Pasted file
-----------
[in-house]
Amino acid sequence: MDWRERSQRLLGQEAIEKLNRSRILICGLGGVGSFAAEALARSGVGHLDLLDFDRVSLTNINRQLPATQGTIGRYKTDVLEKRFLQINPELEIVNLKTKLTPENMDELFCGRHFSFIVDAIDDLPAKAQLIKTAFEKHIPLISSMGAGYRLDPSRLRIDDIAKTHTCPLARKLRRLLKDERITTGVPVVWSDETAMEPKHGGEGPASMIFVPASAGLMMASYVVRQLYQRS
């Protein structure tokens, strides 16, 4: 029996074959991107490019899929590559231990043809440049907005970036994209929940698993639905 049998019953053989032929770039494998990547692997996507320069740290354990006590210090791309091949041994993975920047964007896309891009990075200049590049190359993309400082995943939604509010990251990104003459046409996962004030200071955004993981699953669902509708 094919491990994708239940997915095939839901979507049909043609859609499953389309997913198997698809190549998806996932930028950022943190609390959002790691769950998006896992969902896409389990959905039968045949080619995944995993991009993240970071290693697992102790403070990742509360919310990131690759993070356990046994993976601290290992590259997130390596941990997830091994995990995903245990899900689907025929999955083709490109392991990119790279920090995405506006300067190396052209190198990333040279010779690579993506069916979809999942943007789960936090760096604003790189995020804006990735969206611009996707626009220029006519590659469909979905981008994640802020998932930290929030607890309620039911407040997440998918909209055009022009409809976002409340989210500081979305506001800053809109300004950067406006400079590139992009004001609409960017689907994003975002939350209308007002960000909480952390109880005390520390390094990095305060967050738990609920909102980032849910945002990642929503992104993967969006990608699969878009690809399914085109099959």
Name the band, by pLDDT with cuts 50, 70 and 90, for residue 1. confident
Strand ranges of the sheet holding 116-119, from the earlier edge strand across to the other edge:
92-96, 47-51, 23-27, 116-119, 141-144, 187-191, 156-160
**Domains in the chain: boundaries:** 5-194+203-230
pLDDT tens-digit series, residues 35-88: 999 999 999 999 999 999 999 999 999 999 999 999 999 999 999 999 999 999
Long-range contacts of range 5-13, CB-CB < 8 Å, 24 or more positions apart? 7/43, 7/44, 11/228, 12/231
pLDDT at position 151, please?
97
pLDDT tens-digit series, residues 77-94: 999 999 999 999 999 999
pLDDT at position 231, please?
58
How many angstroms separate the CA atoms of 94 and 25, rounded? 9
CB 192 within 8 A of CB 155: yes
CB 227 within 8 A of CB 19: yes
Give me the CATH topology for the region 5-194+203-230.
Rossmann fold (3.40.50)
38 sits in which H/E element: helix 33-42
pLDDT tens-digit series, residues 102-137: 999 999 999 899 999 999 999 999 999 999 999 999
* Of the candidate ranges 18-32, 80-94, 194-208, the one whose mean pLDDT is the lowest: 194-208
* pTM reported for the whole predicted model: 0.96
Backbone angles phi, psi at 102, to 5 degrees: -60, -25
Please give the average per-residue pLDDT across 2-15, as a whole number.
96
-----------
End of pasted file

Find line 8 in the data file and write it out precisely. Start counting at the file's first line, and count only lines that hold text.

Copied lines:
pLDDT tens-digit series, residues 35-88: 999 999 999 999 999 999 999 999 999 999 999 999 999 999 999 999 999 999